(e) receiving other data from another computer into the data transfer system over the second SCSI bus;
(f) releasing the second SCSI bus before step (d);
(g) transferring the other data within the data transfer system; and
(h) transferring the other data from the data transfer system to another data storage device over the first SCSI bus after steps (b) and (f).
10. The method of claim 1 wherein the data storage device is a disk drive.
11. The method of claim 1 wherein step (c) comprises transferring the data over a Fiber Channel link.
12. The method of claim 1 wherein step (c) comprises transferring the data over an ethernet link.
13. The method of claim 1 wherein step (c) comprises transferring the data over an internet link.
14. The method of claim 1 wherein step (c) comprises transferring the data over a telephone link.
15. A method for transferring data between a computer and a disk drive comprising:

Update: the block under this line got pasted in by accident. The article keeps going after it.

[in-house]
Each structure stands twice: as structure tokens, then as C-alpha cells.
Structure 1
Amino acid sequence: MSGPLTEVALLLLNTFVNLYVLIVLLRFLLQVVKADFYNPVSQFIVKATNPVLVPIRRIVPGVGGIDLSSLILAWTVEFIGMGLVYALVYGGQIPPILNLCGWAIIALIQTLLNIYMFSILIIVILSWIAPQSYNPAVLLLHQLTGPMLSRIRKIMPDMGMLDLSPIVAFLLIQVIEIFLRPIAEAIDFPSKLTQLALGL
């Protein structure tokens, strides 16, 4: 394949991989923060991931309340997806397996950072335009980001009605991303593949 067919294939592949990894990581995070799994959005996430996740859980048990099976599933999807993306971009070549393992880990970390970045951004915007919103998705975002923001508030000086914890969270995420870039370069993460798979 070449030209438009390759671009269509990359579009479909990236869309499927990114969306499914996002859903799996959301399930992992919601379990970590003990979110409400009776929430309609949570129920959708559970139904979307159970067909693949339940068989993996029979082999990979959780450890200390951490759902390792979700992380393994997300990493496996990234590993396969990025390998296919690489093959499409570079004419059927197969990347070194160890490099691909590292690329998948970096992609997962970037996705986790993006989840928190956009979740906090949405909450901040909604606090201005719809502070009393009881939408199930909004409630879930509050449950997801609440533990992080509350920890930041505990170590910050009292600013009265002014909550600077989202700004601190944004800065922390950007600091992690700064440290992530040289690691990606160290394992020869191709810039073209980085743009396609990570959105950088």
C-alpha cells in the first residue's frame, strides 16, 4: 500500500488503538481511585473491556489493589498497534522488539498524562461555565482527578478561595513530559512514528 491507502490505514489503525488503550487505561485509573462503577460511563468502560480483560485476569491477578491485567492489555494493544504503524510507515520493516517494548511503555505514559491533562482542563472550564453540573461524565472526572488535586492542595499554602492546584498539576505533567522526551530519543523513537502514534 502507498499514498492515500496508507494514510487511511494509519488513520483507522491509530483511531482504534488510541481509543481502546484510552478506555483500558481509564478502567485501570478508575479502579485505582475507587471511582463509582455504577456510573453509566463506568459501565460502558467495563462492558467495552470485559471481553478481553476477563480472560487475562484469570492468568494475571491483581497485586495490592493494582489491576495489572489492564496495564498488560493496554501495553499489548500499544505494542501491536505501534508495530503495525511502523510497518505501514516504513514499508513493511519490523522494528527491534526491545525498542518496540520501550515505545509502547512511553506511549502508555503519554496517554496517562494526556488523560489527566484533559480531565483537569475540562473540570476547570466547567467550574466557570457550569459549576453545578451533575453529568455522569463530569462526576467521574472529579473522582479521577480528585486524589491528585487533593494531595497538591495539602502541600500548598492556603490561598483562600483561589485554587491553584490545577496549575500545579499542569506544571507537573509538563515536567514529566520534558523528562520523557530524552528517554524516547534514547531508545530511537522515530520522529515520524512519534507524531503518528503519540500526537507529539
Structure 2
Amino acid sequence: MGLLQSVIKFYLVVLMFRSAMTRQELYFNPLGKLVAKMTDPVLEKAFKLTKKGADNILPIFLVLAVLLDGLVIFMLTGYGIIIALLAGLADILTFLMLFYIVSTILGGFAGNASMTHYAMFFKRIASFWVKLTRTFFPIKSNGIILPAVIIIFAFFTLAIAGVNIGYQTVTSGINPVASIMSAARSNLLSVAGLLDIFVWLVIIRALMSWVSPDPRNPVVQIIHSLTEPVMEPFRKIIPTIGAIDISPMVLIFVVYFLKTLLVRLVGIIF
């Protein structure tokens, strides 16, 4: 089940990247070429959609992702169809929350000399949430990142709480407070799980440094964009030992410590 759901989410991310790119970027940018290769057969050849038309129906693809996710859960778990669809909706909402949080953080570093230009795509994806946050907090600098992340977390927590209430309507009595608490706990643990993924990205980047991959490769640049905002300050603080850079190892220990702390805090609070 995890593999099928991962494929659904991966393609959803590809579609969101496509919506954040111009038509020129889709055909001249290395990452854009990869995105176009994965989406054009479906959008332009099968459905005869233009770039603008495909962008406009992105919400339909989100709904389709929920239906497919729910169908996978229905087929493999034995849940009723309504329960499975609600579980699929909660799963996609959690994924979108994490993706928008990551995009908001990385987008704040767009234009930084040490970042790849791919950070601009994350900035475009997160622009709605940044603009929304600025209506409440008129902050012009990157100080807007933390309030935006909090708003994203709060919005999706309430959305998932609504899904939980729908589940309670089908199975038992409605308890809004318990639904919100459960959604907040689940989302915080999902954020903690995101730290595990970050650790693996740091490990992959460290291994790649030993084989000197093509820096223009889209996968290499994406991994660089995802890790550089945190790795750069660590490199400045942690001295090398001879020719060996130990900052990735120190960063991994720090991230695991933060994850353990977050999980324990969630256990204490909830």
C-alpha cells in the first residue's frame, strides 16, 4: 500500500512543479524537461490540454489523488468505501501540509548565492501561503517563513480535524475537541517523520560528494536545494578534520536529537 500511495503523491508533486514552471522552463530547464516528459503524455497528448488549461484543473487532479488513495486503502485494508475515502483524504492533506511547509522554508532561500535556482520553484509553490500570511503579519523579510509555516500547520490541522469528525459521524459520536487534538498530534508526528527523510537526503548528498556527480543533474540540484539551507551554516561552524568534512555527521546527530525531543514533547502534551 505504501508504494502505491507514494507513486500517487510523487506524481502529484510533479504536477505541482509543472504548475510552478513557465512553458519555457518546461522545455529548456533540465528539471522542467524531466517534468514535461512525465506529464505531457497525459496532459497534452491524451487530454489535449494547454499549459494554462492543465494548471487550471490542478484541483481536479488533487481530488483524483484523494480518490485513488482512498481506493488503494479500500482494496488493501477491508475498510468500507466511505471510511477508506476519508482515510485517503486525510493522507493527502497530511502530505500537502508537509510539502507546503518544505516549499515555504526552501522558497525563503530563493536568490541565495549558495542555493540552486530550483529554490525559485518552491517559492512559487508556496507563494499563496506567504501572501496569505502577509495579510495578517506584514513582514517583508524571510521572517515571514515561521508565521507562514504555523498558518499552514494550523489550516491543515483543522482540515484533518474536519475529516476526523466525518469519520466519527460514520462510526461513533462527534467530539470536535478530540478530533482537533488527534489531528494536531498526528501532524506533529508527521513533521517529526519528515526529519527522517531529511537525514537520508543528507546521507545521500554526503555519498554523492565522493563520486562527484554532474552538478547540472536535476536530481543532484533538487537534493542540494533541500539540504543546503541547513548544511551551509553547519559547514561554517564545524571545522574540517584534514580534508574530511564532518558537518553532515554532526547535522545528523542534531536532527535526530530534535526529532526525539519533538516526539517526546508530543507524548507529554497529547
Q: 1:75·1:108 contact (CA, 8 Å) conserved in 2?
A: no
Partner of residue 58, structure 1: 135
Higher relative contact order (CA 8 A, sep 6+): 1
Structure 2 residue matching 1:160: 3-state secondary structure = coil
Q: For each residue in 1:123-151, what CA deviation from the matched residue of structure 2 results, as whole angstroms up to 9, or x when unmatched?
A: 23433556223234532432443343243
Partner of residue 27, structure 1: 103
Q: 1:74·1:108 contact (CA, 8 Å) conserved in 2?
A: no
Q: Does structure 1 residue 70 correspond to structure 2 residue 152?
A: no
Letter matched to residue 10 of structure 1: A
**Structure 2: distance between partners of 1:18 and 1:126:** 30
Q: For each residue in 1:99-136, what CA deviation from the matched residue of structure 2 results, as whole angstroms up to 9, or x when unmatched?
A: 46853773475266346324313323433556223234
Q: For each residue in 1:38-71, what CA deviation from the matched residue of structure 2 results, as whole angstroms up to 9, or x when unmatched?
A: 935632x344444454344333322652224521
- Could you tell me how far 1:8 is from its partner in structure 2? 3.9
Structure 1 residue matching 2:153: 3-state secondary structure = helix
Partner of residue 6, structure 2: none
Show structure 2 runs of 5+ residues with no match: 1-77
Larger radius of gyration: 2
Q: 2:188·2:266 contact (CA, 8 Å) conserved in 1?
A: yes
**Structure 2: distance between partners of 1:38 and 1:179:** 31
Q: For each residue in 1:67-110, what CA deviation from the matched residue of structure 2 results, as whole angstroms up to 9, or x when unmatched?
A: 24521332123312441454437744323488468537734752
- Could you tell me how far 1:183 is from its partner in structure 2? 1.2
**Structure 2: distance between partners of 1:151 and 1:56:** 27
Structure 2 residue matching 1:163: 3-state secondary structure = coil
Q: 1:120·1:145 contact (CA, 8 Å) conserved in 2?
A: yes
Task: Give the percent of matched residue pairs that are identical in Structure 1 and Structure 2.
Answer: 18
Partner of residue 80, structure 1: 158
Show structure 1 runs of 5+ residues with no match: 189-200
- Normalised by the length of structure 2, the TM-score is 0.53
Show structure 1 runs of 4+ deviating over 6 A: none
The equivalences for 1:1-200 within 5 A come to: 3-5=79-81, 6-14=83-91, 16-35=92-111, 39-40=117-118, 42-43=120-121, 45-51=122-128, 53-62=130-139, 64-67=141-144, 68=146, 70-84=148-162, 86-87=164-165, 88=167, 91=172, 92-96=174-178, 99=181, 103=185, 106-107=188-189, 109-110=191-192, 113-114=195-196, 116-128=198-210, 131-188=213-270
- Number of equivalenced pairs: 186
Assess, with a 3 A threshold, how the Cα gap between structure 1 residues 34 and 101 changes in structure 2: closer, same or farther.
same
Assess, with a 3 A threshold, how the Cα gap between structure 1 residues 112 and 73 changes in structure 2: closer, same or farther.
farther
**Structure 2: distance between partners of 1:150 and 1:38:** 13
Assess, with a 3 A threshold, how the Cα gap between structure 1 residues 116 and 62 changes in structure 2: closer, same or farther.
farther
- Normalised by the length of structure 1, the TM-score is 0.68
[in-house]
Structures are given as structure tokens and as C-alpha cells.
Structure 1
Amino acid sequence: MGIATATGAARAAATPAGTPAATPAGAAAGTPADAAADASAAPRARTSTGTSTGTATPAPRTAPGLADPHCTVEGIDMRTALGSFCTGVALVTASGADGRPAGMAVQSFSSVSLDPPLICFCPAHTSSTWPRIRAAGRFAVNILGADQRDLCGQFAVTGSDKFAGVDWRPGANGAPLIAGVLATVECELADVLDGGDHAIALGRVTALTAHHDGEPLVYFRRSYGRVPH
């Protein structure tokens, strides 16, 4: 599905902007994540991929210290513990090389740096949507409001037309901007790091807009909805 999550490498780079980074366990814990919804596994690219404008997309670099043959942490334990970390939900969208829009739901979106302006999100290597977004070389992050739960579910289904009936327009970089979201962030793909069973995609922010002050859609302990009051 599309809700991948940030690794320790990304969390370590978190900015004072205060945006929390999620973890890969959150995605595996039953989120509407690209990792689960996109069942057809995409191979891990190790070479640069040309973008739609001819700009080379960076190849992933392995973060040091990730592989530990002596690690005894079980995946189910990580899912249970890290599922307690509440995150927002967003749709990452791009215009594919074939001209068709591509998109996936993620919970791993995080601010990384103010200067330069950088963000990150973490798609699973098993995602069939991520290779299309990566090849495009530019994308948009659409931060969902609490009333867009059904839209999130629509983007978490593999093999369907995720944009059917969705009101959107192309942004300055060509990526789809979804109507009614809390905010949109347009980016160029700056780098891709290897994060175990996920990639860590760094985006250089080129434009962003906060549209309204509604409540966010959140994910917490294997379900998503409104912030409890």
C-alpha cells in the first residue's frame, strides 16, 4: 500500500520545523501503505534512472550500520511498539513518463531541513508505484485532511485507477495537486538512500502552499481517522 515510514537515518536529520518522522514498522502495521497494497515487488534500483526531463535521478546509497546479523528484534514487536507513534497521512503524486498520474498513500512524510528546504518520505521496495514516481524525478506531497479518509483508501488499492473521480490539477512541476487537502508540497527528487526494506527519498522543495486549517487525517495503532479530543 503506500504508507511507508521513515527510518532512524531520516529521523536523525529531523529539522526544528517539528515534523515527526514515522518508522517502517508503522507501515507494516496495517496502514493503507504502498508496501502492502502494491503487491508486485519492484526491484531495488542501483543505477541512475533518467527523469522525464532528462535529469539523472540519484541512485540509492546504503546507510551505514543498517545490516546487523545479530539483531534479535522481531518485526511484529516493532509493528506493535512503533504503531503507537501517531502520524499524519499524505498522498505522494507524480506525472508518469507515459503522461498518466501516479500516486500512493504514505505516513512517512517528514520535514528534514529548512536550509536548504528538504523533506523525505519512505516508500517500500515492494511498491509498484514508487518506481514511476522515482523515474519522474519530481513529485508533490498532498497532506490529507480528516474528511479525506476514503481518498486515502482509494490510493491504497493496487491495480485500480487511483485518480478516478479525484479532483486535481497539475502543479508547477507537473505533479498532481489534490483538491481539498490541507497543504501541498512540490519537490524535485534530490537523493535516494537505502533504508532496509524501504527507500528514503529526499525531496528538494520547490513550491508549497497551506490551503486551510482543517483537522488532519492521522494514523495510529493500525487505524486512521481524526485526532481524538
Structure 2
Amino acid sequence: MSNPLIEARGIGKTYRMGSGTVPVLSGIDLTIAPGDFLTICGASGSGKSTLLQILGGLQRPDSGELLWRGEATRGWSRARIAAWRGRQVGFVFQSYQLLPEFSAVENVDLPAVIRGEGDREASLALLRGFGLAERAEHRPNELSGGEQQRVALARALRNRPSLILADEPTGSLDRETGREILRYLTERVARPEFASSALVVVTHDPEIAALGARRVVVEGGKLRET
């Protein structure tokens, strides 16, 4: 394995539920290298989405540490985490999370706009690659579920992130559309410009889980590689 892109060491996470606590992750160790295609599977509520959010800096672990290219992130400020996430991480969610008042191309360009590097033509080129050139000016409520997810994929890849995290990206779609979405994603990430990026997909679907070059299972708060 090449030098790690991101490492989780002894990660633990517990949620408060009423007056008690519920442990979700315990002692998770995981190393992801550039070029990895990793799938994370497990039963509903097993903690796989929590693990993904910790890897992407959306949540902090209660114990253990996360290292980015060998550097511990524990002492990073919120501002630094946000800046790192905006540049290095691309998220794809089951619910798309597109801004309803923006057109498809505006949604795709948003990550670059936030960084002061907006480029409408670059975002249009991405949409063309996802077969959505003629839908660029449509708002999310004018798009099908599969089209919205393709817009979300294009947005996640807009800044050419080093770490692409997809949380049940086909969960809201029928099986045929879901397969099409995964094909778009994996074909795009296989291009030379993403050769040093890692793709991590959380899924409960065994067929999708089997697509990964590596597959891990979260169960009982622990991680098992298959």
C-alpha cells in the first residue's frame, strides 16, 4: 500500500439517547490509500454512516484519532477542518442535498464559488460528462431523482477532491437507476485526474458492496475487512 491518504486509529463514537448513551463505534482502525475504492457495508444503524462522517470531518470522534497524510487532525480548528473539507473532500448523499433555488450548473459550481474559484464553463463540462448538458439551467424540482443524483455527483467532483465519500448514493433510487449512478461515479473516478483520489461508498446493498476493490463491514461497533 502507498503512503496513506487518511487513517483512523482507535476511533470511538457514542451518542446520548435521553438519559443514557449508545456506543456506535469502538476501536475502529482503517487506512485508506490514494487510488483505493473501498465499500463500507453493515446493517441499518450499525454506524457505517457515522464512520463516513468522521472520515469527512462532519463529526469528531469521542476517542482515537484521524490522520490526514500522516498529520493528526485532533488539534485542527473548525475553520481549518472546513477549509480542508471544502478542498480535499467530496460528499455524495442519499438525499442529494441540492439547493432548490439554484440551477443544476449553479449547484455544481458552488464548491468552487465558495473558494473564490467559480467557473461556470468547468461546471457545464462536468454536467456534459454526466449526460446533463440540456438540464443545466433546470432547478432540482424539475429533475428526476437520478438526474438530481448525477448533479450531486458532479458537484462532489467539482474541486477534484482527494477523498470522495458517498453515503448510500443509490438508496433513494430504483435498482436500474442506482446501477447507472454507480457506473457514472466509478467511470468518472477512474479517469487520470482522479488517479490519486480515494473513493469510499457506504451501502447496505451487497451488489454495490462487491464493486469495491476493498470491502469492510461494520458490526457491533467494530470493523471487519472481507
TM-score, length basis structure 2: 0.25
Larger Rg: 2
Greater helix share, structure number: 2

(a) transferring a first write command from the computer to a first converter over a first Small Computer System Interface (SCSI) bus;
(b) in the first converter, reserving the first SCSI interface bus in response to the first write command;
(c) transferring a first data request from the first converter to the computer in response to reserving the first SCSI bus;
(d) transferring the data from the computer to the first converter over the first SCSI bus in response to the first data request;
(e) in the first converter, storing the data and releasing the SCSI bus after the data is transferred from the computer;